“How can David Cameron keep a straight face calling for the G8 to make big business pay tax when we let the BVI use British law and British protection to suck in billions in dirty money?” said Lord Oakeshott, a former Treasury spokesman.
“How much British aid paid to corrupt countries like Pakistan ends up behind a BVI brass plate?” he asked.
Robert Palmer of the campaign group Global Witness repeated the call for Cameron to act, saying, “The massive cache of leaked documents demonstrates how hidden ownership of shell companies facilitates corruption, tax dodging and other crimes.”
He added, “The time to deal with this issue is now. Given that he has pledged to tackle these secretive shell companies at this year’s G8 summit in Northern Ireland, he and his fellow leaders must commit to publishing information on the people who ultimately control and own companies.”
The names of thousands of owners of secret offshore companies are currently being published by the Washington-based International Consortium of Investigative Journalists (ICIJ), in collaboration with the Guardian and other international media.
This follows the leak to ICIJ of a hard drive containing 200GB of internal files of offshore incorporation agencies in the BVI, Singapore and the Cook Islands.
Self-Determination for Falklands but Nowhere Else in the Remaining British Empire
London denies constitutional powers to Afro-Caribbean population in the Turks and Caicos
By Wayne Madsen
Global Research, March 19, 2013
Strategic Culture Foundation 17 March 2013
Britain is loudly proclaiming that the inhabitants of the Falkland Islands, the South Atlantic island group that is hotly contested between Britain and Argentina, voted 99.8 percent to remain an overseas territory of the United Kingdom. British Prime Minister David Cameron publicly rebuked the Argentine government and the new Pope, Francis I, for their support of Argentine sovereignty over the Falklands. As Archbishop of Buenos Aires, Cardinal Jorge Mario Bergoglio supported Argentina’s historical claim to the islands.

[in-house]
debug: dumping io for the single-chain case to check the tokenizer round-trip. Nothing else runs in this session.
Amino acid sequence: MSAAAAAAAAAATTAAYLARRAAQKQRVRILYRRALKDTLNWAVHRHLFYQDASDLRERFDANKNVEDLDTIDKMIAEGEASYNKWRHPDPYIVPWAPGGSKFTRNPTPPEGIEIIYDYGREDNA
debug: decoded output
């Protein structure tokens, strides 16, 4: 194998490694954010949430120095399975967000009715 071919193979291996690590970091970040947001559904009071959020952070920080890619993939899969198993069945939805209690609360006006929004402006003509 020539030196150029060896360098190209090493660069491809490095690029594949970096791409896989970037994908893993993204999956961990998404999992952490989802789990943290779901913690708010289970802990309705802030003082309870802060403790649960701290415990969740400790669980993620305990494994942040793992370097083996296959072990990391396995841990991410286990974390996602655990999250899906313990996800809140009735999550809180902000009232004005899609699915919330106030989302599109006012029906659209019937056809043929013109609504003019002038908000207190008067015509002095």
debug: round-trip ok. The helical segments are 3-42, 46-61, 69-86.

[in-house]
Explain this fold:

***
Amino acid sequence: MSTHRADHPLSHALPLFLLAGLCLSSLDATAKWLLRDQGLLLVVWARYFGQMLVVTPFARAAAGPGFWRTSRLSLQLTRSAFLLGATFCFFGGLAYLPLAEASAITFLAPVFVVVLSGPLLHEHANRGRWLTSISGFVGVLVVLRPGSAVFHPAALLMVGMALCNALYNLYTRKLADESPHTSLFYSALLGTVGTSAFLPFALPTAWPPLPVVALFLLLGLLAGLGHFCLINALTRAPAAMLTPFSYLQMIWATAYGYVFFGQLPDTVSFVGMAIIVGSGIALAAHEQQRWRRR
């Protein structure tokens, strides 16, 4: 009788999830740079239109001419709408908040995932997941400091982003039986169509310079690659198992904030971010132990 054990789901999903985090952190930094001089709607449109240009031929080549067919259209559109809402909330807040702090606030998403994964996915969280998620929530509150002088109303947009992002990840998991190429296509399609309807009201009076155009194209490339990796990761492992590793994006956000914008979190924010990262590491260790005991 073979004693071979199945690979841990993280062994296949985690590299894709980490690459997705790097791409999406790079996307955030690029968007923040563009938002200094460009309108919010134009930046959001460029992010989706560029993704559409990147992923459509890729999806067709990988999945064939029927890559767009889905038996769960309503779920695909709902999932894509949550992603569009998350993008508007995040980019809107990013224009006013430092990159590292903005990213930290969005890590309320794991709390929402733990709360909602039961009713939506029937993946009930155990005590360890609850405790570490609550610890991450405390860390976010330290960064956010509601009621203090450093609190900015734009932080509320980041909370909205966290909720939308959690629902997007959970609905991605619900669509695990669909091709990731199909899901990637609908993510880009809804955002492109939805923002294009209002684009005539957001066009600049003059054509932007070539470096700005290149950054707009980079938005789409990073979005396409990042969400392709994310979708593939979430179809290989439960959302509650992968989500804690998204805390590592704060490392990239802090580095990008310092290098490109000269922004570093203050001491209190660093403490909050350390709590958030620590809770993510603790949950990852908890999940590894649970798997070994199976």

If only Mr. Cameron were as dedicated to the wishes of the inhabitants of some of Britain’s other far-flung and nearer –to–home territories as he is toward the “Kelpers,” as the Falkland Islanders call themselves.
In the cases of the Turks and Caicos Islands and Anguilla in the Caribbean, the Tory-Liberal Democratic government in London has rolled back the self-government previously afforded the two island colonies.
The British government imposed direct rule on the Turks and Caicos in 2009, citing misrule and corruption by the island’s then-premier, Michael Misick. Britain appointed a Commission of Inquiry led by Sir Robyn Auld that recommended direct rule of the islands from London through Governor Gordon Wetherell; his successor Ric Todd; Attorney General Huw Shepheard; and Chief Financial Officer Hugh McGarel Groves. The Commission of Inquiry was replaced by a Special Investigation and Prosecution Team (SIPT) that began investigating Turks and Caicos government officials for corruption.
The new Premier, Galmo Williams, declared, “Our country is being invaded and re-colonized by the United Kingdom, dismantling a duly elected government and legislature and replacing it with a one-man dictatorship, akin to that of the old Red China, all in the name of good governance.”
The British neo-colonial government brought criminal charges against a dozen Turks and Caicos official, including five ministers in the Misick government, including Misick himself. The former premier fled to Brazil and was arrested pursuant to an extradition request from Britain. However, the breakdown in relations between London and Latin America over the Falklands issue may have compelled the Brazilian government to release Misick on bail awaiting a final determination on the extradition request.